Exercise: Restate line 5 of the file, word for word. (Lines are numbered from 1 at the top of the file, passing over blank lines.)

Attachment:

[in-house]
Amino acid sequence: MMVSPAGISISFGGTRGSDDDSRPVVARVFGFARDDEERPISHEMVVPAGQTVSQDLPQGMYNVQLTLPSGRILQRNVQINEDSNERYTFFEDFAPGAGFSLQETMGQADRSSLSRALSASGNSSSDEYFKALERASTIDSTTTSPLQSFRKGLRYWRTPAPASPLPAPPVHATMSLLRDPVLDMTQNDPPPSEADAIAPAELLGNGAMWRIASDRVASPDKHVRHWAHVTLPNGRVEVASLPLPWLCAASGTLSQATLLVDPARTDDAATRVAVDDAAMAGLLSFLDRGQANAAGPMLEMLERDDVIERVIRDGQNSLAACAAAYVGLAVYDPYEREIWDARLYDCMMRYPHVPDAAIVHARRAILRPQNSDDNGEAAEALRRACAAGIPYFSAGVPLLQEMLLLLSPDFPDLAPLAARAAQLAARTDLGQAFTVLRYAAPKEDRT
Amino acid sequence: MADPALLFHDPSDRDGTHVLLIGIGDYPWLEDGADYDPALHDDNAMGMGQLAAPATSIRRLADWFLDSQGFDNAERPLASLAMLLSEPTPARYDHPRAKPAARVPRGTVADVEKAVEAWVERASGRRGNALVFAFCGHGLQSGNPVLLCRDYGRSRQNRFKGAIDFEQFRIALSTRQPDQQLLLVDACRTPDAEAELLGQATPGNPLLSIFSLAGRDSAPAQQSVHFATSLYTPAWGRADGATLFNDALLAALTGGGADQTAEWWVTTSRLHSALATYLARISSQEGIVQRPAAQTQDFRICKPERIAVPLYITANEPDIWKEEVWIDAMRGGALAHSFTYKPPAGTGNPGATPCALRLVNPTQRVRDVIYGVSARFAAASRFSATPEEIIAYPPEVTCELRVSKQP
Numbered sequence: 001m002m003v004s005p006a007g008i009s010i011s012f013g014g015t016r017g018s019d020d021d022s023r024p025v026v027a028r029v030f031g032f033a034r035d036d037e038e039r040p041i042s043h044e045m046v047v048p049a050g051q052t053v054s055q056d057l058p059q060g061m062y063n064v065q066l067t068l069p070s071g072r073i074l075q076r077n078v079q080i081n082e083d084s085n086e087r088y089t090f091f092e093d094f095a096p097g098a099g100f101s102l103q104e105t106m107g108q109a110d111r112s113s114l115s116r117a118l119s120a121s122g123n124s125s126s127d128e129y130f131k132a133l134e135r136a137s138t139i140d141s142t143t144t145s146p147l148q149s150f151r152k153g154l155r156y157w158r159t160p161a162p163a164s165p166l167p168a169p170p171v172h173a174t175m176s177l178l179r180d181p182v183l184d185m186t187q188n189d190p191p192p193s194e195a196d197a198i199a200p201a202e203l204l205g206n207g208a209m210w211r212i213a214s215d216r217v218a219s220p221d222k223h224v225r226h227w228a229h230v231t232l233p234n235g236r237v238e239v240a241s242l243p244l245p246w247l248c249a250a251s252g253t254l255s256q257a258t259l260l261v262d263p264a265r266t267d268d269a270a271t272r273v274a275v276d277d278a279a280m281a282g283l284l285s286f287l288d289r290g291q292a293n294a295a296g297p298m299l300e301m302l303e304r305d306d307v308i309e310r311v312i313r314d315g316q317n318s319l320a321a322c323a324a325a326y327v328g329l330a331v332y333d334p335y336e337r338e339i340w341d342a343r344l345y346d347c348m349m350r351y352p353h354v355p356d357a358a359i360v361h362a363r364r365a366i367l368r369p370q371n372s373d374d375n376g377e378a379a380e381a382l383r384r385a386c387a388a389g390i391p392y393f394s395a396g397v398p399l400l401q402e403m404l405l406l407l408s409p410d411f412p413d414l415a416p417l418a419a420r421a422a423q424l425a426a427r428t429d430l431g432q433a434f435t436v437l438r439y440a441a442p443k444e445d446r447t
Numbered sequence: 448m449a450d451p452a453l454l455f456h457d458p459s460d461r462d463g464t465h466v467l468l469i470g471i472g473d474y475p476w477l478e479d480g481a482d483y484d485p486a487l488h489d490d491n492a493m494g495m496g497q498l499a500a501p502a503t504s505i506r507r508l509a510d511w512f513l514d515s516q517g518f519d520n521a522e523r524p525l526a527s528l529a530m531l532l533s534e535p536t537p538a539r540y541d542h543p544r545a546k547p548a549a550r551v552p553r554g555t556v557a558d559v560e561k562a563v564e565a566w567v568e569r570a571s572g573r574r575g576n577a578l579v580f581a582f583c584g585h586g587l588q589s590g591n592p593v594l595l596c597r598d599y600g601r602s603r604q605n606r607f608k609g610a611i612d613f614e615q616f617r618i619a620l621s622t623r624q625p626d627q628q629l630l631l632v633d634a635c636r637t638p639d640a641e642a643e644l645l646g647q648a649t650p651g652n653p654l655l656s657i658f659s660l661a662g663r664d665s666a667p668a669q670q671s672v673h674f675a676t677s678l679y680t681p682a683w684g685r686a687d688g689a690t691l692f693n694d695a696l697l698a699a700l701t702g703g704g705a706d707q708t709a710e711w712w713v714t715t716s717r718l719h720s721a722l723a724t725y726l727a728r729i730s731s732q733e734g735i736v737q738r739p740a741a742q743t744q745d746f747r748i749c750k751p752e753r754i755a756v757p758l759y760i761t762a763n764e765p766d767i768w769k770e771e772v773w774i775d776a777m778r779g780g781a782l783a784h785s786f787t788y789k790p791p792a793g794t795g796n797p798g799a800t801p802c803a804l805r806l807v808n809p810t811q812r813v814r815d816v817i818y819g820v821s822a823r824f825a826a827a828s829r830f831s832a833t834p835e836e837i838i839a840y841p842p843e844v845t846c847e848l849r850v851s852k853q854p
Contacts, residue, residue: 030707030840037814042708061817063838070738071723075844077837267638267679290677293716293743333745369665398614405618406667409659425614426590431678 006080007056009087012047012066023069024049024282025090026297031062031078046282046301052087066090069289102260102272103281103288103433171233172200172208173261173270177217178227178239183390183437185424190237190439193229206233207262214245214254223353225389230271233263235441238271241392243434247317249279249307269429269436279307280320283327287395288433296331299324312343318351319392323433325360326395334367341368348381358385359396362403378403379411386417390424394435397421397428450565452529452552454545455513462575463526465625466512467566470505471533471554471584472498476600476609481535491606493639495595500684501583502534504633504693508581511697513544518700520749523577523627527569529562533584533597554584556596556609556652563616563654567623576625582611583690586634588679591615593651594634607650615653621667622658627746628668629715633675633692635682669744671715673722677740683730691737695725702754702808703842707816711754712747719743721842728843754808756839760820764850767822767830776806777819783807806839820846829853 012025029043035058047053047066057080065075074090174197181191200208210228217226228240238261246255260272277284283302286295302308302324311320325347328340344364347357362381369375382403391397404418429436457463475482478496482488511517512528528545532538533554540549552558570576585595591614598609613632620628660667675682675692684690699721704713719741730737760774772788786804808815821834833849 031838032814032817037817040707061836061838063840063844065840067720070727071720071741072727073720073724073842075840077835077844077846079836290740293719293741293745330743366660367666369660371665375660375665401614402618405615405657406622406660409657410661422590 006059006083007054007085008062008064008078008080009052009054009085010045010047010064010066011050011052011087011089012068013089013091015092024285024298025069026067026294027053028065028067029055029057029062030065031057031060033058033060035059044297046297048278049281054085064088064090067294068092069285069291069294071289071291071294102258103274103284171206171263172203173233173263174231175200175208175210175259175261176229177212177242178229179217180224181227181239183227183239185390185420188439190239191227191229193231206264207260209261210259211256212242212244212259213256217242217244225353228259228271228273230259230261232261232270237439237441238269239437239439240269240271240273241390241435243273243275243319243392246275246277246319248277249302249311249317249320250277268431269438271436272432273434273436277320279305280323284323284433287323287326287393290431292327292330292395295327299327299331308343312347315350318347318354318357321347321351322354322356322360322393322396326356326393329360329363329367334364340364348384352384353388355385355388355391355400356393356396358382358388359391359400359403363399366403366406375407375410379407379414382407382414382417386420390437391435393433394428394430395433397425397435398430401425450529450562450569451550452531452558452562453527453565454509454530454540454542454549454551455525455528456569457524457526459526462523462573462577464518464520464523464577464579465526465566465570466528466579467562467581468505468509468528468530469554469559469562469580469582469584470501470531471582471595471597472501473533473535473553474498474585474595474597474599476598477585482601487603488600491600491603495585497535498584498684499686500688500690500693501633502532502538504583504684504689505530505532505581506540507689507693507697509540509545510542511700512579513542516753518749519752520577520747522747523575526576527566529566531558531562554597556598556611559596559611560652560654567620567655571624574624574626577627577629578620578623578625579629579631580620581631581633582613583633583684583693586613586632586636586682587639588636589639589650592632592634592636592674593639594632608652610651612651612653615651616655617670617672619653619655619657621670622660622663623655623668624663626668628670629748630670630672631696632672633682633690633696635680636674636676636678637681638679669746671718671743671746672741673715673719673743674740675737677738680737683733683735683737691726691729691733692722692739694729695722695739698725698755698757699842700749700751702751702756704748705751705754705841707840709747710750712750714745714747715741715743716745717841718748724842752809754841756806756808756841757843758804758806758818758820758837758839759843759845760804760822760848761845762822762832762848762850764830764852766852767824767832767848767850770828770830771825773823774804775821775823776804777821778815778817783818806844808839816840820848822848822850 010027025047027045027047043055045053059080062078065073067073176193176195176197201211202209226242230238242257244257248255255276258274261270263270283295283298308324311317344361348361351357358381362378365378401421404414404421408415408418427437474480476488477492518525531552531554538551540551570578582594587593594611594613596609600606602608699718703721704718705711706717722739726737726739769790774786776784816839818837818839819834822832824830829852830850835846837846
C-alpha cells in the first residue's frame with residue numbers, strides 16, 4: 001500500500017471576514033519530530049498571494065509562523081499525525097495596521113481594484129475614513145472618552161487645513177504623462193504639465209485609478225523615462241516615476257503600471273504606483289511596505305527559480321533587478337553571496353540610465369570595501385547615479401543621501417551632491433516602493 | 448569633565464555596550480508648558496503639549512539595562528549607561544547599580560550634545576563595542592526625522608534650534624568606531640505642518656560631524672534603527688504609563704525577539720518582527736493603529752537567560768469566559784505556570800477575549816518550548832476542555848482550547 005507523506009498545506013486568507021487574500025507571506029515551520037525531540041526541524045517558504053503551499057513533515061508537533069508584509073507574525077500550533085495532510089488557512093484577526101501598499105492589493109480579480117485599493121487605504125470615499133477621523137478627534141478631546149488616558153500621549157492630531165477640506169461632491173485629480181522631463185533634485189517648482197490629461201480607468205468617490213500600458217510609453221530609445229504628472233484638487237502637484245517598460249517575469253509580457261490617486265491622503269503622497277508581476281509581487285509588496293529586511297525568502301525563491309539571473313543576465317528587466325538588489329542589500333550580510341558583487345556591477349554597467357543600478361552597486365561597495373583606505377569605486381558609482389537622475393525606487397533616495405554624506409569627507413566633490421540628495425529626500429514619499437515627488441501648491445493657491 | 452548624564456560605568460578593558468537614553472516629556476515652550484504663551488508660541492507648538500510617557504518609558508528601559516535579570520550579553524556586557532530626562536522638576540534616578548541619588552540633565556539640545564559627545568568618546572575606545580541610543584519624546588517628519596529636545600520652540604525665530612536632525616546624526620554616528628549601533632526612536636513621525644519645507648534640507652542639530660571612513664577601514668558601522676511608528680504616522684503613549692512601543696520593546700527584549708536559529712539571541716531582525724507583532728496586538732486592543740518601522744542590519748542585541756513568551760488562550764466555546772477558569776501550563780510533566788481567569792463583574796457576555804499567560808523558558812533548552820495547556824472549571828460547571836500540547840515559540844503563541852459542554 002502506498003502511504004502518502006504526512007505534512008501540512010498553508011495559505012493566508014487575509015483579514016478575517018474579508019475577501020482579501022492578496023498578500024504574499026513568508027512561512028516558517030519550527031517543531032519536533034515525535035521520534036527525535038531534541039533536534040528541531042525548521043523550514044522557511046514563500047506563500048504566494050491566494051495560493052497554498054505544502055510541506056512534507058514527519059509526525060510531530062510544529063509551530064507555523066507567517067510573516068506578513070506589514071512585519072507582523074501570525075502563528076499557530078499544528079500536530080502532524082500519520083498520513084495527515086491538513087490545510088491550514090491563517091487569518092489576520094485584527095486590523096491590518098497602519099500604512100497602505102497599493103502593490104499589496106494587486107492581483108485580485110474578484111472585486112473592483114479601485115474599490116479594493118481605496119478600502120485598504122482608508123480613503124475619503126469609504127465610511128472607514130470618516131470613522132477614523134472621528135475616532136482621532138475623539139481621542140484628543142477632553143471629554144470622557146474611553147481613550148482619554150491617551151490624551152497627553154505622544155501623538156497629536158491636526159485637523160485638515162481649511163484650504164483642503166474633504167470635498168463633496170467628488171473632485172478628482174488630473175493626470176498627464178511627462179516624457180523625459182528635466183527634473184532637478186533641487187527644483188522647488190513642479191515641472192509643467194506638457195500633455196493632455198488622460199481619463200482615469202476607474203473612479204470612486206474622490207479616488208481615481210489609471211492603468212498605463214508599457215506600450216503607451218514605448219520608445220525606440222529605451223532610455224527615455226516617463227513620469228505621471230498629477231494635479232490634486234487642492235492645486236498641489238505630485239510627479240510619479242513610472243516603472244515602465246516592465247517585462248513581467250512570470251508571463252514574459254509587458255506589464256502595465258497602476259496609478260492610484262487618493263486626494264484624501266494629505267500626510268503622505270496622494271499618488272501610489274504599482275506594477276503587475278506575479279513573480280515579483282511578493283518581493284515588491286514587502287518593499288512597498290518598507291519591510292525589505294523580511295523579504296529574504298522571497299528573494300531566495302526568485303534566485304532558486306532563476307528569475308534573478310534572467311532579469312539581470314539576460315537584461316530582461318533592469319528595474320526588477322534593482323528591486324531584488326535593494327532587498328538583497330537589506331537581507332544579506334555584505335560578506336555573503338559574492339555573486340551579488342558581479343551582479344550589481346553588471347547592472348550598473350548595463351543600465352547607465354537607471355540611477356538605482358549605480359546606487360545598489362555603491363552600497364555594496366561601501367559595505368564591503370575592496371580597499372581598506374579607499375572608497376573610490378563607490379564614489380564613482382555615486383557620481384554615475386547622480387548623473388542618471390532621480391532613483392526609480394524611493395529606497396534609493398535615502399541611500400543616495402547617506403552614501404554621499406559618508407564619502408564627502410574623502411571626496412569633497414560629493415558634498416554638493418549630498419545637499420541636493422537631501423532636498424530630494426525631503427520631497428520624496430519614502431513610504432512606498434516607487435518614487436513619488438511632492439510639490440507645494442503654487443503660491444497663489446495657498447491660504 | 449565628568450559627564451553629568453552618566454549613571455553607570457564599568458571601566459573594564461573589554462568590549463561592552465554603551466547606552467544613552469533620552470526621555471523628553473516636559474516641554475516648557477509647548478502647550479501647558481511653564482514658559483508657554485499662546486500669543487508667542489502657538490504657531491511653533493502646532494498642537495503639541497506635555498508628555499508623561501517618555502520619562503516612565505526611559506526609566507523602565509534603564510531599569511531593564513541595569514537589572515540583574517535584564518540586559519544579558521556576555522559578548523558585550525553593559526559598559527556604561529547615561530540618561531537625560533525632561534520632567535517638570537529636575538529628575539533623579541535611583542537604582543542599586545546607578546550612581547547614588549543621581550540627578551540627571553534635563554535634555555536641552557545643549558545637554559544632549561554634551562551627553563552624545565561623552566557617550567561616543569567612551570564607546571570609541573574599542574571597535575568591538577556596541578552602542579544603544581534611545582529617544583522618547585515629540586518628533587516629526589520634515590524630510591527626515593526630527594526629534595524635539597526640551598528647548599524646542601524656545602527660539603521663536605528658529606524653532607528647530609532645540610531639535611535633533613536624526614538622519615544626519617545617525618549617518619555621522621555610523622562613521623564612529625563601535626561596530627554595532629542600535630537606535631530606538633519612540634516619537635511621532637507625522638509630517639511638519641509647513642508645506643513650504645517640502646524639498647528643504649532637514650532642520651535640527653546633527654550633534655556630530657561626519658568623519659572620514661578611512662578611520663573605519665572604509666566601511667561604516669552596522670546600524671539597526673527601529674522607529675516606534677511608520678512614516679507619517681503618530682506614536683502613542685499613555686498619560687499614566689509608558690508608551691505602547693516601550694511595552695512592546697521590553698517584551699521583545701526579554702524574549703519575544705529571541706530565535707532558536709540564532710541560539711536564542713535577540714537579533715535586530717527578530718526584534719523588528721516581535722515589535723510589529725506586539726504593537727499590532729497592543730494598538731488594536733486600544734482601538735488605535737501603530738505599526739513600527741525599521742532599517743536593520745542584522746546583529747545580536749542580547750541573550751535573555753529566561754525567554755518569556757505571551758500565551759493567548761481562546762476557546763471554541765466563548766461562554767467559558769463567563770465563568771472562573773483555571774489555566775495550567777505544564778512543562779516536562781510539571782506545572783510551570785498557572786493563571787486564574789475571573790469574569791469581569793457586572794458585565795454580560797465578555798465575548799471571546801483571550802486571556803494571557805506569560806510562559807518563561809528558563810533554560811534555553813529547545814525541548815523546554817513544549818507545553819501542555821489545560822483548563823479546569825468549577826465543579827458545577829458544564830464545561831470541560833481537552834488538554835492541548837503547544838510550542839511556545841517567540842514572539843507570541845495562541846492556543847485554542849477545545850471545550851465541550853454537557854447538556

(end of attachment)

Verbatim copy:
Numbered sequence: 448m449a450d451p452a453l454l455f456h457d458p459s460d461r462d463g464t465h466v467l468l469i470g471i472g473d474y475p476w477l478e479d480g481a482d483y484d485p486a487l488h489d490d491n492a493m494g495m496g497q498l499a500a501p502a503t504s505i506r507r508l509a510d511w512f513l514d515s516q517g518f519d520n521a522e523r524p525l526a527s528l529a530m531l532l533s534e535p536t537p538a539r540y541d542h543p544r545a546k547p548a549a550r551v552p553r554g555t556v557a558d559v560e561k562a563v564e565a566w567v568e569r570a571s572g573r574r575g576n577a578l579v580f581a582f583c584g585h586g587l588q589s590g591n592p593v594l595l596c597r598d599y600g601r602s603r604q605n606r607f608k609g610a611i612d613f614e615q616f617r618i619a620l621s622t623r624q625p626d627q628q629l630l631l632v633d634a635c636r637t638p639d640a641e642a643e644l645l646g647q648a649t650p651g652n653p654l655l656s657i658f659s660l661a662g663r664d665s666a667p668a669q670q671s672v673h674f675a676t677s678l679y680t681p682a683w684g685r686a687d688g689a690t691l692f693n694d695a696l697l698a699a700l701t702g703g704g705a706d707q708t709a710e711w712w713v714t715t716s717r718l719h720s721a722l723a724t725y726l727a728r729i730s731s732q733e734g735i736v737q738r739p740a741a742q743t744q745d746f747r748i749c750k751p752e753r754i755a756v757p758l759y760i761t762a763n764e765p766d767i768w769k770e771e772v773w774i775d776a777m778r779g780g781a782l783a784h785s786f787t788y789k790p791p792a793g794t795g796n797p798g799a800t801p802c803a804l805r806l807v808n809p810t811q812r813v814r815d816v817i818y819g820v821s822a823r824f825a826a827a828s829r830f831s832a833t834p835e836e837i838i839a840y841p842p843e844v845t846c847e848l849r850v851s852k853q854p